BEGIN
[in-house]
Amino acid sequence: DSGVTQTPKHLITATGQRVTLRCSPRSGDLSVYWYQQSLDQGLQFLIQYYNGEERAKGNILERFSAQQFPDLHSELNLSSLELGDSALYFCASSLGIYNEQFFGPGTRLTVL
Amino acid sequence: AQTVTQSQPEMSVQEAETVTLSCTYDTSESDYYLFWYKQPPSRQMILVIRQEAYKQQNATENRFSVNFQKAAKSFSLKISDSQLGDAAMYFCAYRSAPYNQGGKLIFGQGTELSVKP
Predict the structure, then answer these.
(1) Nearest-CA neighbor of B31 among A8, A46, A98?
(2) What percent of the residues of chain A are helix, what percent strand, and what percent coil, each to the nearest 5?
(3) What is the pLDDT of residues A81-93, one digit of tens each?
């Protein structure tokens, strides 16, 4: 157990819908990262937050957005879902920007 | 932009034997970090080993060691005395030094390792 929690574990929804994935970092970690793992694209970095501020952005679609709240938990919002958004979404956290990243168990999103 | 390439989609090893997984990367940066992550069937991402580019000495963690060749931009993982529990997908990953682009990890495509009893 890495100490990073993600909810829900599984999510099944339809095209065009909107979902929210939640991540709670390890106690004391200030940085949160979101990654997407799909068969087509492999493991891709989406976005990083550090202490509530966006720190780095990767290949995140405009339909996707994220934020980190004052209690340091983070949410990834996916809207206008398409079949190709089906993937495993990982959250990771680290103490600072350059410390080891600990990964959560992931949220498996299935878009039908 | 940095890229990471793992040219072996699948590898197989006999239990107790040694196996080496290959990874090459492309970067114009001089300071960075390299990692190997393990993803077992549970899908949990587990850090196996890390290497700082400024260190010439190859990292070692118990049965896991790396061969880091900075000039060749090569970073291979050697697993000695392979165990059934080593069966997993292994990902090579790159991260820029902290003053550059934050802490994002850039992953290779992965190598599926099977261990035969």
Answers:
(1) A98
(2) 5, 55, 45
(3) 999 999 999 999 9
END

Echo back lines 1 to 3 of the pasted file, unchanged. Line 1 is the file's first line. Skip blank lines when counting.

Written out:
[in-house]
Amino acid sequence: DSGVTQTPKHLITATGQRVTLRCSPRSGDLSVYWYQQSLDQGLQFLIQYYNGEERAKGNILERFSAQQFPDLHSELNLSSLELGDSALYFCASSLGIYNEQFFGPGTRLTVL
Amino acid sequence: AQTVTQSQPEMSVQEAETVTLSCTYDTSESDYYLFWYKQPPSRQMILVIRQEAYKQQNATENRFSVNFQKAAKSFSLKISDSQLGDAAMYFCAYRSAPYNQGGKLIFGQGTELSVKP